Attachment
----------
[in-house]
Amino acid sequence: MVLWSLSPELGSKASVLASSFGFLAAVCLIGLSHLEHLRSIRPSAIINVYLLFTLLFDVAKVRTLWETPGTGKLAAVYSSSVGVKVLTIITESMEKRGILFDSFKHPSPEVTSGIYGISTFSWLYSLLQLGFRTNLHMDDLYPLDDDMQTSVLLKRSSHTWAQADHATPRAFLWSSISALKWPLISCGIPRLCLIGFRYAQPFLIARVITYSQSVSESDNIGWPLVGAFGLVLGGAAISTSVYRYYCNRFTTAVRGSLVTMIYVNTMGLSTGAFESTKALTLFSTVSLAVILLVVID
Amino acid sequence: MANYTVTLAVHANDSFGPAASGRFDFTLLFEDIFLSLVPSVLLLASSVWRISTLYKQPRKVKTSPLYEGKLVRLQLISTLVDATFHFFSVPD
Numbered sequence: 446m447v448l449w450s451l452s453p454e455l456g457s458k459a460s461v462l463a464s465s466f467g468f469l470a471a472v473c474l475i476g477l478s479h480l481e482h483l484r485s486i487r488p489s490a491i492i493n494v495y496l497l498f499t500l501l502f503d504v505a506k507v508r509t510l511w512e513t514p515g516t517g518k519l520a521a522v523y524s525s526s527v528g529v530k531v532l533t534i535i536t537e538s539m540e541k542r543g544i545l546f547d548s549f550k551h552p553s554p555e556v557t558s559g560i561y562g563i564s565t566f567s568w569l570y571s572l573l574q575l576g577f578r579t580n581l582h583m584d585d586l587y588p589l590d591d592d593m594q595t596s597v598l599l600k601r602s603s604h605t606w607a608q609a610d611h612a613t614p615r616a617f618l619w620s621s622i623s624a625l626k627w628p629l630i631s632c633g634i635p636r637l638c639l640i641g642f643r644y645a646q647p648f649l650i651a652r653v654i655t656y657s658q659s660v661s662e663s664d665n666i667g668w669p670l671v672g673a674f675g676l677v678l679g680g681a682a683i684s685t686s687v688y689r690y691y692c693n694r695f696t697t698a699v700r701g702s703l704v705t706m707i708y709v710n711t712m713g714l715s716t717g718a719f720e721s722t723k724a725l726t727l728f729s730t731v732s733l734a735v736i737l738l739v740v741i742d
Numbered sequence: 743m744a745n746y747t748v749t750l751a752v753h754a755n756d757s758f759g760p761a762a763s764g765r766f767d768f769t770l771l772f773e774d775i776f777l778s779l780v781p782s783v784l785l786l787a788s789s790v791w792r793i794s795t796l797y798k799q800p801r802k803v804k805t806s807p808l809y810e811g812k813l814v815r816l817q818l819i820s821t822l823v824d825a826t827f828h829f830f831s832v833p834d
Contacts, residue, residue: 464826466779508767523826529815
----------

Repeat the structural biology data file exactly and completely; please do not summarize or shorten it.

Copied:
[in-house]
Amino acid sequence: MVLWSLSPELGSKASVLASSFGFLAAVCLIGLSHLEHLRSIRPSAIINVYLLFTLLFDVAKVRTLWETPGTGKLAAVYSSSVGVKVLTIITESMEKRGILFDSFKHPSPEVTSGIYGISTFSWLYSLLQLGFRTNLHMDDLYPLDDDMQTSVLLKRSSHTWAQADHATPRAFLWSSISALKWPLISCGIPRLCLIGFRYAQPFLIARVITYSQSVSESDNIGWPLVGAFGLVLGGAAISTSVYRYYCNRFTTAVRGSLVTMIYVNTMGLSTGAFESTKALTLFSTVSLAVILLVVID
Amino acid sequence: MANYTVTLAVHANDSFGPAASGRFDFTLLFEDIFLSLVPSVLLLASSVWRISTLYKQPRKVKTSPLYEGKLVRLQLISTLVDATFHFFSVPD
Numbered sequence: 446m447v448l449w450s451l452s453p454e455l456g457s458k459a460s461v462l463a464s465s466f467g468f469l470a471a472v473c474l475i476g477l478s479h480l481e482h483l484r485s486i487r488p489s490a491i492i493n494v495y496l497l498f499t500l501l502f503d504v505a506k507v508r509t510l511w512e513t514p515g516t517g518k519l520a521a522v523y524s525s526s527v528g529v530k531v532l533t534i535i536t537e538s539m540e541k542r543g544i545l546f547d548s549f550k551h552p553s554p555e556v557t558s559g560i561y562g563i564s565t566f567s568w569l570y571s572l573l574q575l576g577f578r579t580n581l582h583m584d585d586l587y588p589l590d591d592d593m594q595t596s597v598l599l600k601r602s603s604h605t606w607a608q609a610d611h612a613t614p615r616a617f618l619w620s621s622i623s624a625l626k627w628p629l630i631s632c633g634i635p636r637l638c639l640i641g642f643r644y645a646q647p648f649l650i651a652r653v654i655t656y657s658q659s660v661s662e663s664d665n666i667g668w669p670l671v672g673a674f675g676l677v678l679g680g681a682a683i684s685t686s687v688y689r690y691y692c693n694r695f696t697t698a699v700r701g702s703l704v705t706m707i708y709v710n711t712m713g714l715s716t717g718a719f720e721s722t723k724a725l726t727l728f729s730t731v732s733l734a735v736i737l738l739v740v741i742d
Numbered sequence: 743m744a745n746y747t748v749t750l751a752v753h754a755n756d757s758f759g760p761a762a763s764g765r766f767d768f769t770l771l772f773e774d775i776f777l778s779l780v781p782s783v784l785l786l787a788s789s790v791w792r793i794s795t796l797y798k799q800p801r802k803v804k805t806s807p808l809y810e811g812k813l814v815r816l817q818l819i820s821t822l823v824d825a826t827f828h829f830f831s832v833p834d
Contacts, residue, residue: 464826466779508767523826529815